I personally find the subclasses included here to be of exceptional quality. There’s so many good options presented here! But, players hoping for entirely new classes and races are out of luck. It seems that Wizards of the Coast is a bit gun shy about releasing such things. (Although we did get a taste of some new races in Volo’s Guide). Regardless, this book makes a fine addition to the 5E lineup. In my mind, this is a resource that DMs and players can borrow from in pieces. It has the potential to enhance and expand an already excellent game.But without stepping on the toes of the DM but overriding whatever house rules he or she might already have in place. That being said, I would like to see something a little more substantial in the future. I think 5E has played it safe long enough. It’s time to see some new campaign settings, classes, etc. I want to see a Manual of the Planes, a DragonLance book, a Monster Manual II.… something! May 2018 will see the release of Mordenkainen’s Tome of Foes, this new rule expansion will include monsters and playable races. So we’re getting there.
With this post, I am now all caught up on official Fifth Edition releases. From now on, posts will be made as products are released. I may occasionally take a look at some of the more popular third-party releases. I also plan to post updates on the site in regards to my upcoming home campaign. So stay tuned!
Finally! We are up the most recent D&D adventure for 5th Edition. In fact, at the time of this writing, this is the adventure that is currently being run in official game sessions. Of course, I’m talking about Tomb of Annihilation.
Tomb of Annihilation is an adventure set in the world of Forgotten Realms. It takes place in tropical region of Chult. This is an area that could be best be compared to the jungles of South America. Chult is also popular as a location populated with Dinosaurs! Yes, we finally have some official dinosaur action in fifth edition D&D. The adventure is designed for players of level 1 and will take them to level 11 or even higher.
The storyline to this adventure is an interesting one and it actually ties-in to the classic D&D adventure Tomb of Horrors (which can be found in the 5E book, Tales from the Yawning Portal). The focus of this adventure revolves around something called The Death Curse. This mysterious event is causing anyone who has been raised from the dead by magical means to begin rotting away into nothing. The source of this curse has been identified as coming from a strange tomb hidden in the depths of the jungle. Players must brave this deadly dungeon and eliminate the cause of the curse.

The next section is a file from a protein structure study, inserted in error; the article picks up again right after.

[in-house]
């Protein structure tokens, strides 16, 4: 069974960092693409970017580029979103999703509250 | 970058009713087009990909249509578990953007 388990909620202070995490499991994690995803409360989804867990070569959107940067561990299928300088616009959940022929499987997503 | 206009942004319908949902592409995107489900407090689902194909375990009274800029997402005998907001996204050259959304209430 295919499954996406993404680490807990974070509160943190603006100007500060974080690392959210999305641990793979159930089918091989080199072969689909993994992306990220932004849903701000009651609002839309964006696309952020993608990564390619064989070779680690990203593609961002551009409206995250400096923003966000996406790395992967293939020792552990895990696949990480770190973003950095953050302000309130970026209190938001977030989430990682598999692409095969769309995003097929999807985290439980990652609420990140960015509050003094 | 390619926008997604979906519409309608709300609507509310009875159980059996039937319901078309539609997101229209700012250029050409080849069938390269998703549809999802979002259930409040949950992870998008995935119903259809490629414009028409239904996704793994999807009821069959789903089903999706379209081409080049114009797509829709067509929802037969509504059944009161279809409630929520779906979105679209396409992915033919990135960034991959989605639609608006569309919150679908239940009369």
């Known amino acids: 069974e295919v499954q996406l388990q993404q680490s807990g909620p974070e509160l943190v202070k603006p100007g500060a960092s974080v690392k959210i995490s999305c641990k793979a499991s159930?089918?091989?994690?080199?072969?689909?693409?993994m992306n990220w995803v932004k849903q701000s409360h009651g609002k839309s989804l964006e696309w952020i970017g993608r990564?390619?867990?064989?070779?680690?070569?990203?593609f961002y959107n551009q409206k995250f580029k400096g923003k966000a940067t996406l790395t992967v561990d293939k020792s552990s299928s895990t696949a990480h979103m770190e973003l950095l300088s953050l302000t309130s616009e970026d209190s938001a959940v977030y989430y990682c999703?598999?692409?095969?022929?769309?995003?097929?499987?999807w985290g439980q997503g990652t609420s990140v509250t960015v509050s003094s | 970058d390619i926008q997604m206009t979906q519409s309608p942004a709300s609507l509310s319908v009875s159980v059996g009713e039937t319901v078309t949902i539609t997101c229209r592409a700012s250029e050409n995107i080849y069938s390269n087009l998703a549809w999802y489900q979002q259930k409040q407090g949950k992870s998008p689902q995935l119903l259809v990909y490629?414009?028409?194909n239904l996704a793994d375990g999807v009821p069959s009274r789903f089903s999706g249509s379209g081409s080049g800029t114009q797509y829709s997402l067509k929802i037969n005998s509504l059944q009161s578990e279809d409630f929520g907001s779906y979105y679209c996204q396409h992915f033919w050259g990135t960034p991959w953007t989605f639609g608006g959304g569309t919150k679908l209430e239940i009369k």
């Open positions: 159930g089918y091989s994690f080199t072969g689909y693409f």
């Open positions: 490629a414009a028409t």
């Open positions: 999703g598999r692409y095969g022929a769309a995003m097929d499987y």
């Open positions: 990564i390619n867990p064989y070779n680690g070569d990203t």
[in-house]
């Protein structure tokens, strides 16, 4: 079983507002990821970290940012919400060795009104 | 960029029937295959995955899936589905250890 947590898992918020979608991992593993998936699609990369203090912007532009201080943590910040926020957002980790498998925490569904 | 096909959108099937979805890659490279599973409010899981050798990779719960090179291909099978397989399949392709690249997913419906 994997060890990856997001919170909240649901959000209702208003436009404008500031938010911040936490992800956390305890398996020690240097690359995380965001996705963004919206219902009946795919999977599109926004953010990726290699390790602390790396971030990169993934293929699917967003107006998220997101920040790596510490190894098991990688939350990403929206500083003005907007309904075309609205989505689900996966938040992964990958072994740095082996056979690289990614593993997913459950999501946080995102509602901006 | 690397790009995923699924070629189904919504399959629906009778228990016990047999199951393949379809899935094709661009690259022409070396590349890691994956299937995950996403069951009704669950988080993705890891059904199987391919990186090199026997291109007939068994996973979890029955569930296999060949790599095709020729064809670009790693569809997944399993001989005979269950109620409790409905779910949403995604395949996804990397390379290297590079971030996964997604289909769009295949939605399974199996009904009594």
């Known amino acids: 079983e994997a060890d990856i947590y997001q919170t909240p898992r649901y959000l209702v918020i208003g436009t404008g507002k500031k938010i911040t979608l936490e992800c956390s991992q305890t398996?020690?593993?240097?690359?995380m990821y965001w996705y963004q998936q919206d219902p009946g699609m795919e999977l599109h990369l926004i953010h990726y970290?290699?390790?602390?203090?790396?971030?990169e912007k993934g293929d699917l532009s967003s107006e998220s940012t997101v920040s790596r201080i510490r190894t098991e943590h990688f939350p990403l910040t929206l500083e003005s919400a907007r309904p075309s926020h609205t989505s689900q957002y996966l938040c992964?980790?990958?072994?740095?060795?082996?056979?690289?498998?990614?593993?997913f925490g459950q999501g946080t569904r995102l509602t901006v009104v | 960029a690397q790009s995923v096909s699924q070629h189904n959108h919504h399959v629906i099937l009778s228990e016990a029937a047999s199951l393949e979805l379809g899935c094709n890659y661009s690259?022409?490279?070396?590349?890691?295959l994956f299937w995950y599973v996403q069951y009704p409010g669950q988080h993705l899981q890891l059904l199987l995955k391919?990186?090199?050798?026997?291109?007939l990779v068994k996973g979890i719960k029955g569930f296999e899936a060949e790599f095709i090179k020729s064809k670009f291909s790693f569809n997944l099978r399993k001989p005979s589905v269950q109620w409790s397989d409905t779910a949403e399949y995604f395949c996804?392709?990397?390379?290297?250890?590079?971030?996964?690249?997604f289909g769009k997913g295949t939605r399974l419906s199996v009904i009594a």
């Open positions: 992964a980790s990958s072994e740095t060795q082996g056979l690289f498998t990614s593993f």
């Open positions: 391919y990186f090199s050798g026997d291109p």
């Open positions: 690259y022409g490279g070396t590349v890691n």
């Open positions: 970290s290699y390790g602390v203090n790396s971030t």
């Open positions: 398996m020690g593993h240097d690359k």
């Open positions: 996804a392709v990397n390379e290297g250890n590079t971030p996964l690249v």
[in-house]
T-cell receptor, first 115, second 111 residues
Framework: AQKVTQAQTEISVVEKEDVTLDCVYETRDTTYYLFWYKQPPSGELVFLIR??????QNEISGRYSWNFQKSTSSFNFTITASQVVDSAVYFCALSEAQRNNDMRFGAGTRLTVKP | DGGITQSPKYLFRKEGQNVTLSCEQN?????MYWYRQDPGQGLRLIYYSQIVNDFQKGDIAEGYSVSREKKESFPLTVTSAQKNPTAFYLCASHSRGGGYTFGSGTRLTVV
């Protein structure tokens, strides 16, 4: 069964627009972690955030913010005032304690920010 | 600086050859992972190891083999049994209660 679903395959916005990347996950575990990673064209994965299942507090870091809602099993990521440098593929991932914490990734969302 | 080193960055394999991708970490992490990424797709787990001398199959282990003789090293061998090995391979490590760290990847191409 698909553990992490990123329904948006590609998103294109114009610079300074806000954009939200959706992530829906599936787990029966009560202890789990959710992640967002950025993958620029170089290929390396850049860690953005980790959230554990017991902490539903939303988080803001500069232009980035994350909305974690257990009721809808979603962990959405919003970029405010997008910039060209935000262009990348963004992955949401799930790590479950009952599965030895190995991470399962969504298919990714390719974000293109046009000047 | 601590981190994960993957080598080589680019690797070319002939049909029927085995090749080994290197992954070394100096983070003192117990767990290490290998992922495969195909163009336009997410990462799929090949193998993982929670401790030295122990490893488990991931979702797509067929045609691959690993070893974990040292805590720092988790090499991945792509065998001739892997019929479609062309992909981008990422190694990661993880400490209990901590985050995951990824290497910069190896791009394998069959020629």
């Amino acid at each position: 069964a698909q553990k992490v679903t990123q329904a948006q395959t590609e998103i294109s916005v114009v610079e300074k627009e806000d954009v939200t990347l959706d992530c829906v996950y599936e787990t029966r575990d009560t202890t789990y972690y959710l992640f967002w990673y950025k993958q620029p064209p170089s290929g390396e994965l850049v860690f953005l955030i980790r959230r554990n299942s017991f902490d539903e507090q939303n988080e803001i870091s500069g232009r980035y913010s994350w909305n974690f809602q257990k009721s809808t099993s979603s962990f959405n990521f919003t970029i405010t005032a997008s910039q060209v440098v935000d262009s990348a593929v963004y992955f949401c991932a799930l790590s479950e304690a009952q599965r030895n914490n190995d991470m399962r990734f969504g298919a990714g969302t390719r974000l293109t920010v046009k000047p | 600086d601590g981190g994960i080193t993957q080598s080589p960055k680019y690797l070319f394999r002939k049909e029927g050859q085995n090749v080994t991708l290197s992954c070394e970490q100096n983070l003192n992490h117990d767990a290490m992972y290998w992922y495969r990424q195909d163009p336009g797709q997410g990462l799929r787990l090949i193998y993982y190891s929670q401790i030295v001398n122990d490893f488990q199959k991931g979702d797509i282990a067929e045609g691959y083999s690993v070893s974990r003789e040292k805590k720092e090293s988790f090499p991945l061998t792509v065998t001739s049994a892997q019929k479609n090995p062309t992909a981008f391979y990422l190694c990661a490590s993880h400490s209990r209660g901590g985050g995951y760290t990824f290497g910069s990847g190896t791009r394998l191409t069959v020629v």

This seems to be a very well put together adventure. The book contains more than enough information and resources to give the DM everything he needs to referee the game. There’s also plenty of content here. This will not be a short adventure at all. So expect this to provide weeks or even months of entertainment. The biggest challenge to this adventure seems to be the sheer difficulty level of the dungeon itself. This is certainly not a storyline to present to rookie players. It’s also not one that should be attempted by an inexperienced DM. The traps and encounters in this book are downright brutal and punishing. This is made more so due to the fact that the Death Curse prevents any normal means of resurrection. It’s also worthy of mentioning that this book also contains two new background options for players. But this alone does not make it a worthy purchase for players, in my opinion.
I’m looking forward to diving into this book once I have managed to get my DM skills up to snuff. But I don’t expect that to be any time soon. Regardless, Tomb of Annihilation appears to make a fine addition to the growing selection of adventures for 5E.
We’re almost caught up with our look at Dungeons & Dragons products. Today, I’m going to talk about a book that I’m super-excited about; Tales from the Yawning Portal. This book is a collection of classic dungeons that span all ages of D&D. Here they have been archived, polished, and given the official 5th edition treatment. Let me be clear and state that this book is not an adventure module. It’s also not a cover-to-cover campaign. But rather what we have here is a Greatest Hits collection of classic D&D dungeons and scenarios.
So, with that in mind, what does this book actually contain? Well, here’s a breakdown of the dungeons included in this product:
The Sunless Citadel – Originally published for 3rd Edition, The Sunless Citadel was an instant classic. It’s often been said that the original adventure is what brought D&D back into the mainstream in the early 2000’s. This is an adventure designed to take players from Level 1-3.